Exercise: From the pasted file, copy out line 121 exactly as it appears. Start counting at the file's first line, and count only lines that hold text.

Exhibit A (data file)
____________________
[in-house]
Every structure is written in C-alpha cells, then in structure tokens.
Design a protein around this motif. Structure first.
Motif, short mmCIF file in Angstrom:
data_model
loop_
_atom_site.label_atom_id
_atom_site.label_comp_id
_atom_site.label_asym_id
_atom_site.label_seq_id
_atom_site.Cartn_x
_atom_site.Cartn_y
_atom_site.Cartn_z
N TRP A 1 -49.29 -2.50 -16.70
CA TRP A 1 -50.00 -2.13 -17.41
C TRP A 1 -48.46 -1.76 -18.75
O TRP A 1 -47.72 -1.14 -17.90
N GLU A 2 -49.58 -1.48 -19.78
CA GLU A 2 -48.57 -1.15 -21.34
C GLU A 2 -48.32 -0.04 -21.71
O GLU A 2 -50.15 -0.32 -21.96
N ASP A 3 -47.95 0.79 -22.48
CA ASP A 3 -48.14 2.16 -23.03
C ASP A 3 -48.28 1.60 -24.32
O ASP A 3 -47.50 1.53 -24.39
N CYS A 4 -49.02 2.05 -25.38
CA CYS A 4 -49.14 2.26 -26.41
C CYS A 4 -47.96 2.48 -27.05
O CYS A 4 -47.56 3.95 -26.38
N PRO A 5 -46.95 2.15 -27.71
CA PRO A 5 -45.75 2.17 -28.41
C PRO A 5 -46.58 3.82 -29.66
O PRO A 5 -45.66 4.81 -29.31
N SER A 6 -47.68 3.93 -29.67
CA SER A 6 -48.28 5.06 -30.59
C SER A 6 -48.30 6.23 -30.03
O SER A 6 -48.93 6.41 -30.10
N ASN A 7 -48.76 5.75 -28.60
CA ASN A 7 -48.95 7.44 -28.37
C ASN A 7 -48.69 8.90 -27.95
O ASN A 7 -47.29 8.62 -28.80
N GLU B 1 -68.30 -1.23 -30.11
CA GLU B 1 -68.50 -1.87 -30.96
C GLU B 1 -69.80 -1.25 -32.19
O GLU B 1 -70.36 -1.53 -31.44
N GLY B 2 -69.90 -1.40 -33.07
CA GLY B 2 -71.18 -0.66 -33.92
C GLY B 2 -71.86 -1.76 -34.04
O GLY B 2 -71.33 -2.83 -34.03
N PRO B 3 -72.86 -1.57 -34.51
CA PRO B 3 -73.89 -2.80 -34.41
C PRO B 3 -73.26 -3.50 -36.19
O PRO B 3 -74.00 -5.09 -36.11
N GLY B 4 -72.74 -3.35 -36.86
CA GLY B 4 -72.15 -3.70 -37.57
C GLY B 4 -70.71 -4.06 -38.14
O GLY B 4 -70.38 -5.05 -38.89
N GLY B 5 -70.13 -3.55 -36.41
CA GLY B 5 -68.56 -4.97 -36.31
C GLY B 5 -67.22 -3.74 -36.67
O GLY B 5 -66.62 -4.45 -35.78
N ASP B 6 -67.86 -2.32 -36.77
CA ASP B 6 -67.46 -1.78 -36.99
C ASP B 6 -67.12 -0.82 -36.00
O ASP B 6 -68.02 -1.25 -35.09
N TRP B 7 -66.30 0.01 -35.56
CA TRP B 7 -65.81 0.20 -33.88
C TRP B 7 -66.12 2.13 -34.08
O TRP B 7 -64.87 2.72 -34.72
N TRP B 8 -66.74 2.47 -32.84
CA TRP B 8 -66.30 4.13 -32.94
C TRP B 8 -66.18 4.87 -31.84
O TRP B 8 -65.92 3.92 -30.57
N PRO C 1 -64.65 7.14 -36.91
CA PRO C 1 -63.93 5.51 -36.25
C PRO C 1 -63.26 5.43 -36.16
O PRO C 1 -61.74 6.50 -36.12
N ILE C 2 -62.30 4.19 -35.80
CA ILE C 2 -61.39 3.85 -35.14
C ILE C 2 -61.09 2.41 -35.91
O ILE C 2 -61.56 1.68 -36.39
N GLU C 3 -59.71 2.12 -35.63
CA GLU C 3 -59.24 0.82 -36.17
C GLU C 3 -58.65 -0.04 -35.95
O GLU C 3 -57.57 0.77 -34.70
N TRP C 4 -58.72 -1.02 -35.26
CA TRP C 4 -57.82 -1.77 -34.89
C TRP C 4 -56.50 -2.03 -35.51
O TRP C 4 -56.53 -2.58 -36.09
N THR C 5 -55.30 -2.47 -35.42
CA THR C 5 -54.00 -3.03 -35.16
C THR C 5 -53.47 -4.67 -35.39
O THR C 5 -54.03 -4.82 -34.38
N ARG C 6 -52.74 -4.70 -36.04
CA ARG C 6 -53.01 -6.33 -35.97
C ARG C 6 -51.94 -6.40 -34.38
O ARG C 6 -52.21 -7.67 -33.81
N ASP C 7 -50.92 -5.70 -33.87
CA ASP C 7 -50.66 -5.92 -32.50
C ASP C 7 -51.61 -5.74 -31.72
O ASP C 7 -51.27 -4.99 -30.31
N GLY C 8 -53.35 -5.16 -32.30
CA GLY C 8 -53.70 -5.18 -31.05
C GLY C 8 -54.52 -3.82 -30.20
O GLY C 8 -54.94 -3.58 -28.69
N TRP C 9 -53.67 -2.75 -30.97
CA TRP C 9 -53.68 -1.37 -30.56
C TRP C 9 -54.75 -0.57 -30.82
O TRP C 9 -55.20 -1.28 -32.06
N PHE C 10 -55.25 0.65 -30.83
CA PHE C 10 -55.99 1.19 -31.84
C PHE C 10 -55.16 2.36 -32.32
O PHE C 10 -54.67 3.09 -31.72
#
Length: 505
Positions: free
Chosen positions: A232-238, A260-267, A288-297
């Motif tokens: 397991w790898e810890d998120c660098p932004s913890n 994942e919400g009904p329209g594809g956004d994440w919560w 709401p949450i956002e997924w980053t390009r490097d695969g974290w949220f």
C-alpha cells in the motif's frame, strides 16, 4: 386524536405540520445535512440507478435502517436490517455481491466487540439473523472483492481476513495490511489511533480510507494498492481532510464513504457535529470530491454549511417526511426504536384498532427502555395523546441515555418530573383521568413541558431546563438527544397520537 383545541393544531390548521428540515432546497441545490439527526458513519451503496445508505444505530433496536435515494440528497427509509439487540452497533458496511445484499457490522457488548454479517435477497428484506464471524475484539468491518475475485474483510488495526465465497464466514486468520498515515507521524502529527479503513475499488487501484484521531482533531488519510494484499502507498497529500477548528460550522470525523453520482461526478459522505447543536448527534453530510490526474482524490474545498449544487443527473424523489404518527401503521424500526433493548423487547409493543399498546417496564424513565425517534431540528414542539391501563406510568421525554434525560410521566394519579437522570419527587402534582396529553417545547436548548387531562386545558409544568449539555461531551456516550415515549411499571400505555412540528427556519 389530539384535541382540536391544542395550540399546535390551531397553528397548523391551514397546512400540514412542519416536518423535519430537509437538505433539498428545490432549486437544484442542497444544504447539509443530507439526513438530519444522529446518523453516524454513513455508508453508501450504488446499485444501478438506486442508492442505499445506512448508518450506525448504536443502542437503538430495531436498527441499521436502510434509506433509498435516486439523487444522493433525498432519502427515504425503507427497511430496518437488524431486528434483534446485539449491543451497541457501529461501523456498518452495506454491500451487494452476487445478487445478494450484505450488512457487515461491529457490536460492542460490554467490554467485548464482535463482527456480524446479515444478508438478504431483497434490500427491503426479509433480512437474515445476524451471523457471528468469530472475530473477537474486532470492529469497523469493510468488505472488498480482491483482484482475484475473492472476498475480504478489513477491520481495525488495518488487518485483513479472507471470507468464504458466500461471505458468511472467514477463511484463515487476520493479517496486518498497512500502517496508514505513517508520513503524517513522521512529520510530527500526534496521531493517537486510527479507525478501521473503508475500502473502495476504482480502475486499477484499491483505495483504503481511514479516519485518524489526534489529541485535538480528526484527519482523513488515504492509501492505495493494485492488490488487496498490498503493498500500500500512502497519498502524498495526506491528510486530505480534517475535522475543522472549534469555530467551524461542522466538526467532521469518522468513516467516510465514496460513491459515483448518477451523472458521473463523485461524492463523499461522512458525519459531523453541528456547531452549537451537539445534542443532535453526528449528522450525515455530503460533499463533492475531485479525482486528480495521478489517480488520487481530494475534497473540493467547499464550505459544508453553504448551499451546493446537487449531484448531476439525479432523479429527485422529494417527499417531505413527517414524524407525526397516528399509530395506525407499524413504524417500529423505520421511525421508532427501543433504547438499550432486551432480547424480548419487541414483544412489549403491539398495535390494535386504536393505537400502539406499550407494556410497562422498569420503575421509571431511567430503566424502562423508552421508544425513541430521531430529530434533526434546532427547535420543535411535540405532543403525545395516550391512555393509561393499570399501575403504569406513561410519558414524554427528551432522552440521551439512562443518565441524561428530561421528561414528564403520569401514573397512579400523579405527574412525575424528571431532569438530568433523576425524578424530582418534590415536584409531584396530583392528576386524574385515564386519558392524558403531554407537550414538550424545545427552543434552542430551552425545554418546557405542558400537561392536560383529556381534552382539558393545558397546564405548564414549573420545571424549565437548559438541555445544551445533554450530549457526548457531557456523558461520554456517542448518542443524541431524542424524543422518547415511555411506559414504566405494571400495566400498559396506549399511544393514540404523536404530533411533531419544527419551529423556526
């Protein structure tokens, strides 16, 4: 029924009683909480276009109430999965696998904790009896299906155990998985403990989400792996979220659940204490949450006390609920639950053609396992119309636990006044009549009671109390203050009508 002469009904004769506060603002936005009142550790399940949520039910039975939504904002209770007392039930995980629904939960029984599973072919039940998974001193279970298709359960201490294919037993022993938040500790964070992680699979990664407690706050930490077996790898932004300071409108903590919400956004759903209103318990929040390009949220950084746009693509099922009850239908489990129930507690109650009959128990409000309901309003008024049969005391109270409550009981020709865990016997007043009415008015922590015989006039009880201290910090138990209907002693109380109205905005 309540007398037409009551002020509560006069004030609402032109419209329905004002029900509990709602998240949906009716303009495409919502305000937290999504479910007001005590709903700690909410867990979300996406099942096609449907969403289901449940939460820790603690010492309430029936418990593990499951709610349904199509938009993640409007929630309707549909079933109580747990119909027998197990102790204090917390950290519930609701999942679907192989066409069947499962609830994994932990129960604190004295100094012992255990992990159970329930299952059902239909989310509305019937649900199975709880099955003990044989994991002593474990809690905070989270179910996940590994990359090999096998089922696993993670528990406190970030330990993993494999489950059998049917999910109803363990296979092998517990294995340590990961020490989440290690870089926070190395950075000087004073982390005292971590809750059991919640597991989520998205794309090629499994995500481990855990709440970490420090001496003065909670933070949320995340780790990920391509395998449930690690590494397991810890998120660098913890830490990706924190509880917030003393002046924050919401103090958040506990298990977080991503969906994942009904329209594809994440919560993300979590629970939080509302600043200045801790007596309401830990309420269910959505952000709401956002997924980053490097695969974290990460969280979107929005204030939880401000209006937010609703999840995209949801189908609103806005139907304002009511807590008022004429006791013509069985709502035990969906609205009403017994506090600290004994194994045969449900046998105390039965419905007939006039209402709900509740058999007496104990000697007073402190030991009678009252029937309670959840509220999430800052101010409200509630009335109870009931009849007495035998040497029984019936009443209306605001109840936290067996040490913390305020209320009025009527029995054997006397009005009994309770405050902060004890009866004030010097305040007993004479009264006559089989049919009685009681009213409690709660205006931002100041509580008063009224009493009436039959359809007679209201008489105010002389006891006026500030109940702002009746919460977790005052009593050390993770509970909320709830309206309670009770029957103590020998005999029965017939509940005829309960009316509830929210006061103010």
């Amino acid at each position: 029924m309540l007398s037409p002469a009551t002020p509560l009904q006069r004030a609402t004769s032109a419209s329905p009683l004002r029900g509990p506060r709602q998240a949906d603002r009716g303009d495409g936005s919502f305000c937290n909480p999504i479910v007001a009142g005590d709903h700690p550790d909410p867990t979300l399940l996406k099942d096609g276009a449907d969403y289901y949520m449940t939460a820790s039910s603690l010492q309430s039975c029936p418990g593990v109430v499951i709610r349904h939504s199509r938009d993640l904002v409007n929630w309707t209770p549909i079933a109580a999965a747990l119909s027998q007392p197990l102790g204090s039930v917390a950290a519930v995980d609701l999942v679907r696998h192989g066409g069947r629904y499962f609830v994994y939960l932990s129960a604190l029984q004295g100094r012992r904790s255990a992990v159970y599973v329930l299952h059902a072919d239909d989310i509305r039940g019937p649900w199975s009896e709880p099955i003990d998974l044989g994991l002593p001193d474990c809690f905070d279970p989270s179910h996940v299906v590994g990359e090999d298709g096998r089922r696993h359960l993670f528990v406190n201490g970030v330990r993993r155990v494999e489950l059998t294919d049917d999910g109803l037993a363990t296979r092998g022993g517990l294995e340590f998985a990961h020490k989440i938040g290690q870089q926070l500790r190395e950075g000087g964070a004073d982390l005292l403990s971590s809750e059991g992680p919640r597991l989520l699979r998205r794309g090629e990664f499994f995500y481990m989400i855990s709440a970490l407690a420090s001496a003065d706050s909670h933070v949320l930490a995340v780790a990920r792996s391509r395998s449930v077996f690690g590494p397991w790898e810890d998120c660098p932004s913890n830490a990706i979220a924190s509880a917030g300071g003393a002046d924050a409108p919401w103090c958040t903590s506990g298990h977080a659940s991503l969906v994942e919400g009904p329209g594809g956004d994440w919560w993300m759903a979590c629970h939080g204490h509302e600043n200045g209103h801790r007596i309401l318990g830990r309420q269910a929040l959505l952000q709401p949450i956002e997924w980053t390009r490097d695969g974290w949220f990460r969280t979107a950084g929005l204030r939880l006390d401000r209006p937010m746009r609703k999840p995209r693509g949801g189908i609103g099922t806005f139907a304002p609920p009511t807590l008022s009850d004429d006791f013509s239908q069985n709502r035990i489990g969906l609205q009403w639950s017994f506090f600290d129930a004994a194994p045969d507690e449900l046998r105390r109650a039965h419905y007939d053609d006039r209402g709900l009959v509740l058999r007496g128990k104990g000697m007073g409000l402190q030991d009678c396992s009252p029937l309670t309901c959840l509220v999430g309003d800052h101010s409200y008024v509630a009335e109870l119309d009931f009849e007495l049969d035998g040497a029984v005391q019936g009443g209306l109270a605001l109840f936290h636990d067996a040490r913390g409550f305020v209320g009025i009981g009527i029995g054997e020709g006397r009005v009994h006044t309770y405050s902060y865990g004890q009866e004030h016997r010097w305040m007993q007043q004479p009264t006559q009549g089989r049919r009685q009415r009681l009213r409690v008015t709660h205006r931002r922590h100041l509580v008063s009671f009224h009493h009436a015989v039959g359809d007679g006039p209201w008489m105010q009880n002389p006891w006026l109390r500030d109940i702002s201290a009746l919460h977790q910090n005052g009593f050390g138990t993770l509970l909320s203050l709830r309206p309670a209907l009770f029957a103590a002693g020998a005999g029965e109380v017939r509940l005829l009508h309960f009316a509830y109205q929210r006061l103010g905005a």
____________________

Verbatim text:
């Amino acid at each position: 029924m309540l007398s037409p002469a009551t002020p509560l009904q006069r004030a609402t004769s032109a419209s329905p009683l004002r029900g509990p506060r709602q998240a949906d603002r009716g303009d495409g936005s919502f305000c937290n909480p999504i479910v007001a009142g005590d709903h700690p550790d909410p867990t979300l399940l996406k099942d096609g276009a449907d969403y289901y949520m449940t939460a820790s039910s603690l010492q309430s039975c029936p418990g593990v109430v499951i709610r349904h939504s199509r938009d993640l904002v409007n929630w309707t209770p549909i079933a109580a999965a747990l119909s027998q007392p197990l102790g204090s039930v917390a950290a519930v995980d609701l999942v679907r696998h192989g066409g069947r629904y499962f609830v994994y939960l932990s129960a604190l029984q004295g100094r012992r904790s255990a992990v159970y599973v329930l299952h059902a072919d239909d989310i509305r039940g019937p649900w199975s009896e709880p099955i003990d998974l044989g994991l002593p001193d474990c809690f905070d279970p989270s179910h996940v299906v590994g990359e090999d298709g096998r089922r696993h359960l993670f528990v406190n201490g970030v330990r993993r155990v494999e489950l059998t294919d049917d999910g109803l037993a363990t296979r092998g022993g517990l294995e340590f998985a990961h020490k989440i938040g290690q870089q926070l500790r190395e950075g000087g964070a004073d982390l005292l403990s971590s809750e059991g992680p919640r597991l989520l699979r998205r794309g090629e990664f499994f995500y481990m989400i855990s709440a970490l407690a420090s001496a003065d706050s909670h933070v949320l930490a995340v780790a990920r792996s391509r395998s449930v077996f690690g590494p397991w790898e810890d998120c660098p932004s913890n830490a990706i979220a924190s509880a917030g300071g003393a002046d924050a409108p919401w103090c958040t903590s506990g298990h977080a659940s991503l969906v994942e919400g009904p329209g594809g956004d994440w919560w993300m759903a979590c629970h939080g204490h509302e600043n200045g209103h801790r007596i309401l318990g830990r309420q269910a929040l959505l952000q709401p949450i956002e997924w980053t390009r490097d695969g974290w949220f990460r969280t979107a950084g929005l204030r939880l006390d401000r209006p937010m746009r609703k999840p995209r693509g949801g189908i609103g099922t806005f139907a304002p609920p009511t807590l008022s009850d004429d006791f013509s239908q069985n709502r035990i489990g969906l609205q009403w639950s017994f506090f600290d129930a004994a194994p045969d507690e449900l046998r105390r109650a039965h419905y007939d053609d006039r209402g709900l009959v509740l058999r007496g128990k104990g000697m007073g409000l402190q030991d009678c396992s009252p029937l309670t309901c959840l509220v999430g309003d800052h101010s409200y008024v509630a009335e109870l119309d009931f009849e007495l049969d035998g040497a029984v005391q019936g009443g209306l109270a605001l109840f936290h636990d067996a040490r913390g409550f305020v209320g009025i009981g009527i029995g054997e020709g006397r009005v009994h006044t309770y405050s902060y865990g004890q009866e004030h016997r010097w305040m007993q007043q004479p009264t006559q009549g089989r049919r009685q009415r009681l009213r409690v008015t709660h205006r931002r922590h100041l509580v008063s009671f009224h009493h009436a015989v039959g359809d007679g006039p209201w008489m105010q009880n002389p006891w006026l109390r500030d109940i702002s201290a009746l919460h977790q910090n005052g009593f050390g138990t993770l509970l909320s203050l709830r309206p309670a209907l009770f029957a103590a002693g020998a005999g029965e109380v017939r509940l005829l009508h309960f009316a509830y109205q929210r006061l103010g905005a």